[tor-dev] [tor-talk] Tor Research Framework update

George Kadianakis desnacked at riseup.net
Mon Aug 11 17:19:48 UTC 2014

Gareth Owen <gareth.owen at port.ac.uk> writes:

> Hi all
> I thought I'd give you an update on where the Tor Research Framework is now
> at as there's been lots of development over the last few weeks. At present,
> the framework is a largely fully functional tor client with code that is
> easy to read, follow and crucially change for custom functionality.
> URL: https://github.com/drgowen/tor-research-framework
> Completed
> =======
> The examples exercise a big chunk of the functionality so in the examples
> directory, we now have examples on how to do:
> - Circuit building, Random circuits based on flags, etc
> - Building HS circuits and establishing streams to their service
> - Consensus parsing examples
> - RELAY_EARLY scanner - scans HSDirs looking for RELAY_EARLYs coming the
> wrong way (aka the recent Blackhat deanon attack)
> - Tor SOCKS Proxy and PortForwarder
> The examples are here:
> https://github.com/drgowen/tor-research-framework/tree/master/src/main/java/tor/examples
> The RELAY_EARLY scanner took around five minutes to write for example and
> didn't require modifying core library code.
> Work in progress
> ==========
> Fuzzer: We also have another chap (twilsonb) working on a fuzzing framework
> for Tor that is capable of fuzzing the protocol and directory services -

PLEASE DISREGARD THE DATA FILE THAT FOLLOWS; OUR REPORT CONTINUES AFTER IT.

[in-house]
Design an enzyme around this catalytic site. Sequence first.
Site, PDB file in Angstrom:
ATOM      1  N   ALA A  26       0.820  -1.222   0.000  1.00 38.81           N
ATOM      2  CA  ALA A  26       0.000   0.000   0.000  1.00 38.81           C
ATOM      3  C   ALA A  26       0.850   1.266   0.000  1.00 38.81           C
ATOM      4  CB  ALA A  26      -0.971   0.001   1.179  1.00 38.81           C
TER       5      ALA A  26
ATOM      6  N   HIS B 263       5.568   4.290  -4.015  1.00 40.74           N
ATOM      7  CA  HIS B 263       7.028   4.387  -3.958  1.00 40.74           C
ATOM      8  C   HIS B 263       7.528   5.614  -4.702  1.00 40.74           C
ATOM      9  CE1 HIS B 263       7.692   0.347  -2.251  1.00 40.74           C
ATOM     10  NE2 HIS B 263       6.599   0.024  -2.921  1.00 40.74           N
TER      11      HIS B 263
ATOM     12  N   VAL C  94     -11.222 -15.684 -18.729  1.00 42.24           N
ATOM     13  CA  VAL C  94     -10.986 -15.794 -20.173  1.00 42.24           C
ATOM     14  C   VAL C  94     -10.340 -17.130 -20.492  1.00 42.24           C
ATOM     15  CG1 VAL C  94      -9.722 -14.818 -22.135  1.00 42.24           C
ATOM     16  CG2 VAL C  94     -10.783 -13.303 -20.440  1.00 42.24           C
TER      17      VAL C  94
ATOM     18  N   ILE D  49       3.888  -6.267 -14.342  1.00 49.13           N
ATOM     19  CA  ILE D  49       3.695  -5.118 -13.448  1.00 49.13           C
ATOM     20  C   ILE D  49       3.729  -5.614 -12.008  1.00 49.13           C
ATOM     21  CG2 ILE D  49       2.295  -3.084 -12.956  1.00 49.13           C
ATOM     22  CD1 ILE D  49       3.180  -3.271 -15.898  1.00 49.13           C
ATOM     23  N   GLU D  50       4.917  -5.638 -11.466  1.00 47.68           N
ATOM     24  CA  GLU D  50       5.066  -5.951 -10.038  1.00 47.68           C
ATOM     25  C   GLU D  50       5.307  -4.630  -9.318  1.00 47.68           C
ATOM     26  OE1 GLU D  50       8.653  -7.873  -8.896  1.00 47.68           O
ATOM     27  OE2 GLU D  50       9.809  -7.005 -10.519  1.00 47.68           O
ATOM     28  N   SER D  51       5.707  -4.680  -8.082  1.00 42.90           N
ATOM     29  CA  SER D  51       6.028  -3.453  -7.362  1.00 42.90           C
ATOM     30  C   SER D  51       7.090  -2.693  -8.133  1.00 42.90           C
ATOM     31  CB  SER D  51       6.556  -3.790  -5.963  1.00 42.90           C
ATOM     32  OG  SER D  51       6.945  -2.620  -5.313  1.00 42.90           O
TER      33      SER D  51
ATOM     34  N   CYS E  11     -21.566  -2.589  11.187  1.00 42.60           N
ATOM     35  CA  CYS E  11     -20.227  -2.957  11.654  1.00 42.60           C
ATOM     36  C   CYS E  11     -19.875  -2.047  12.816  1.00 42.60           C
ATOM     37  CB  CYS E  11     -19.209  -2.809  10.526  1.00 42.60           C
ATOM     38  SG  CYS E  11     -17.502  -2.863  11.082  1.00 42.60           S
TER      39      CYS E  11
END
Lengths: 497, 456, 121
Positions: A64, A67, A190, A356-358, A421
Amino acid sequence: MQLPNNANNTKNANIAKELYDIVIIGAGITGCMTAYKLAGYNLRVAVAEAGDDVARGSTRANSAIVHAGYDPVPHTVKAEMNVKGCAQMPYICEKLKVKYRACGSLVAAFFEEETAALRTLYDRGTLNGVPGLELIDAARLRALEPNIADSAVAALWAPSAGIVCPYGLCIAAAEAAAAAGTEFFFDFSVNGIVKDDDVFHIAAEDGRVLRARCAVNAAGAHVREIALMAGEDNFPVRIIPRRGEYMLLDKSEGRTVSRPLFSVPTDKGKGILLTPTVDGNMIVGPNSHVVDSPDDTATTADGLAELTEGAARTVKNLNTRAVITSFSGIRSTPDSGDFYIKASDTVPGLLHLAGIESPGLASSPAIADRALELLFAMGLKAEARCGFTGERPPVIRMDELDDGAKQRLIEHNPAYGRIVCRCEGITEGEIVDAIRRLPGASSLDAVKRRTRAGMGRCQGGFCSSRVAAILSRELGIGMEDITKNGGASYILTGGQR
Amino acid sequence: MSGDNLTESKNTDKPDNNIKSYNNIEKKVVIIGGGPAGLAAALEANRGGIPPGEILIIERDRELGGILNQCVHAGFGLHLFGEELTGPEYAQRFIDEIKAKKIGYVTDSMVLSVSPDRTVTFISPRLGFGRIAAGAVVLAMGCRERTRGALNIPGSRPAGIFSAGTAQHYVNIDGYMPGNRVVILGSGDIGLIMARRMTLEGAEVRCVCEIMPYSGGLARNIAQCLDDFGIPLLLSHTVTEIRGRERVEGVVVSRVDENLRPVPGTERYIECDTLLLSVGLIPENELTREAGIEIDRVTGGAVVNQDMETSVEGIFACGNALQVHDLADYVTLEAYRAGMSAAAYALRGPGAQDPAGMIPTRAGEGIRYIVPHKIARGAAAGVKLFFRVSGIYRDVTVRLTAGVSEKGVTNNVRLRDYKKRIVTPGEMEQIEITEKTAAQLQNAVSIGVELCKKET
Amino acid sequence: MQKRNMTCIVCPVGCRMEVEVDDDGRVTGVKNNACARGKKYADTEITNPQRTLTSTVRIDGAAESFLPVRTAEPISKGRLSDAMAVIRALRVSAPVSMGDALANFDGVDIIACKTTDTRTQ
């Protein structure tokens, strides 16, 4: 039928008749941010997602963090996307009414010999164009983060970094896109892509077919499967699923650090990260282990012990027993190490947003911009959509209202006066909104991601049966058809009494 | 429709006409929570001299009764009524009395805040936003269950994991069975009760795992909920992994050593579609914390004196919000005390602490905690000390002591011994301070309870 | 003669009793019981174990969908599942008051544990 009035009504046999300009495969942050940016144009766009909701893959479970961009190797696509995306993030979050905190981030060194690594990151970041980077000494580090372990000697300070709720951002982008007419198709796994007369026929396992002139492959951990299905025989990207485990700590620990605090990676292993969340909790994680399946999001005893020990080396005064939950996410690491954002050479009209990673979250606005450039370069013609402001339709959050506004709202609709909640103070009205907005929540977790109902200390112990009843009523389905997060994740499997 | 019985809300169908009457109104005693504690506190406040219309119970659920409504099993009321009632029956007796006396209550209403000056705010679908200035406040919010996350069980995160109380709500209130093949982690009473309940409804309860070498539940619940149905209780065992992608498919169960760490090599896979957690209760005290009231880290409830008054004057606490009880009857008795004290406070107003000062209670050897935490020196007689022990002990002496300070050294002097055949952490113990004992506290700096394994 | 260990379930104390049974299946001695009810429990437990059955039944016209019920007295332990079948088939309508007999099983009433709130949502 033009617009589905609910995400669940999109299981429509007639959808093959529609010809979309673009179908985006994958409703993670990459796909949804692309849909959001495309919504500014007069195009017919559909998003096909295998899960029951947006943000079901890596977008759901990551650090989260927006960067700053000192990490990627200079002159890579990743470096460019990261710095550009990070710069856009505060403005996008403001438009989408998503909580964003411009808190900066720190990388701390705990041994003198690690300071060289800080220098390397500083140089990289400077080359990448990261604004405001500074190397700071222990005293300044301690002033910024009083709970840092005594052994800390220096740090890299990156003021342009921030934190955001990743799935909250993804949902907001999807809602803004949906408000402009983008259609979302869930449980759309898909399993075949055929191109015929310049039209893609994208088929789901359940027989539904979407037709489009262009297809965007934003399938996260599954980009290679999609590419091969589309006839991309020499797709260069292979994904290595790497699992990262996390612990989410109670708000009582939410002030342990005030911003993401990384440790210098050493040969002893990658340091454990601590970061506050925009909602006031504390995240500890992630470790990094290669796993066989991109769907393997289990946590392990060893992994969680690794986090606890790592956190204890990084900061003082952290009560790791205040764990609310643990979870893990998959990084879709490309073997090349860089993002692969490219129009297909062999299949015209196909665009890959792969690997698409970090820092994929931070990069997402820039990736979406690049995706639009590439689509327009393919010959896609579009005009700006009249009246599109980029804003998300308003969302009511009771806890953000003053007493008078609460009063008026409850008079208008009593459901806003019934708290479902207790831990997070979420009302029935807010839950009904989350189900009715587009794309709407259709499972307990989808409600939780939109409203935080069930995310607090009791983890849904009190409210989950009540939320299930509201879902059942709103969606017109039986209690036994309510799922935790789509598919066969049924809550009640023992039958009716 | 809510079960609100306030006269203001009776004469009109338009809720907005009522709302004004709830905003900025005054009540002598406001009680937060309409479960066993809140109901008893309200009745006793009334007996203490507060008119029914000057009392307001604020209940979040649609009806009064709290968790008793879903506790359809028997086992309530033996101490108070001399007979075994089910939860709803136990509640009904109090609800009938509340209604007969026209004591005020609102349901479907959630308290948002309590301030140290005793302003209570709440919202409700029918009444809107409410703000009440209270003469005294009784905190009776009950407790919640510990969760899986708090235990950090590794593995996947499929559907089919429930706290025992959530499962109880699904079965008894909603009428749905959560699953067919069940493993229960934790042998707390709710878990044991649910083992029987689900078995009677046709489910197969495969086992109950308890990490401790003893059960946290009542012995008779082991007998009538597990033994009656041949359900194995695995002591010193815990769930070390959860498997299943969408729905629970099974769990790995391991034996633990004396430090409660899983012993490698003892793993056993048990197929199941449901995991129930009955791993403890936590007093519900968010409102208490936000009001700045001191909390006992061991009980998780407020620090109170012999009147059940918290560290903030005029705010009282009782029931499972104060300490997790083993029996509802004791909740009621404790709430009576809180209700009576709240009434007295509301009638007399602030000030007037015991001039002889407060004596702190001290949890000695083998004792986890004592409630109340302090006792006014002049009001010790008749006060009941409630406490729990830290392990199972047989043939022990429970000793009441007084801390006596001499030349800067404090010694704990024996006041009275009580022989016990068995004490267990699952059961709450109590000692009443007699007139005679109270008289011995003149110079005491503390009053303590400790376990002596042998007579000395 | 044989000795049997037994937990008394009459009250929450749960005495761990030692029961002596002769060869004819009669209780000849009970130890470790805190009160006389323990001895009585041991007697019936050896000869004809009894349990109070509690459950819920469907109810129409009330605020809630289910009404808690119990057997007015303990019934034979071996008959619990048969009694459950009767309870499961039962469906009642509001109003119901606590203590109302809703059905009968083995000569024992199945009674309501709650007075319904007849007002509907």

> although this is at early stage I'm sure he'd welcome help from anyone
> interested.

Great! Tor needs better fuzzing :)

I have conducted two activities in this area:

- I once started the ambitious project of making a Tor protocol fuzzer [0].
  I used the Peach fuzzing framework, a decision I later regreted. In
  the end, the fuzzer could successfully fuzz the first few cells of
  the v3 handshake, but I never implemented Tor's crypto which was
  necessary for fuzzing deeper.

  I think there is still lots of value in a fuzzer that can walk the
  various areas of the Tor protocol (circuit building, HSes, etc.) If
  I were to do this now, I would probably write my own networking code
  and only use a premade framework to procuce fuzzed output.

- I used the radamsa mutator [1] and fed Tor tons of mutated
  descriptors, consensuses and hidden service descriptors. This was
  quite fun and effective: within a few hours it found #6811 which was
  a nice crash bug. FWIW, I don't think I ever fuzzed all the various
  directory documents of Tor this way...

  I think this is a fast and easy way of fuzzing the directory part of
  Tor, which has wide parsing attack surface.

Feel free to discuss any aspects of Tor fuzzer development in this
mailing list! (but please send any found 0days to Tor developers in a
confidential manner ;) )

[0]: https://gitorious.org/tor_fuzz/tor_fuzz/source/54105204e91ed2d26e747e10fb21710aecfaf8b3:
[1]: https://code.google.com/p/ouspg/wiki/Radamsa

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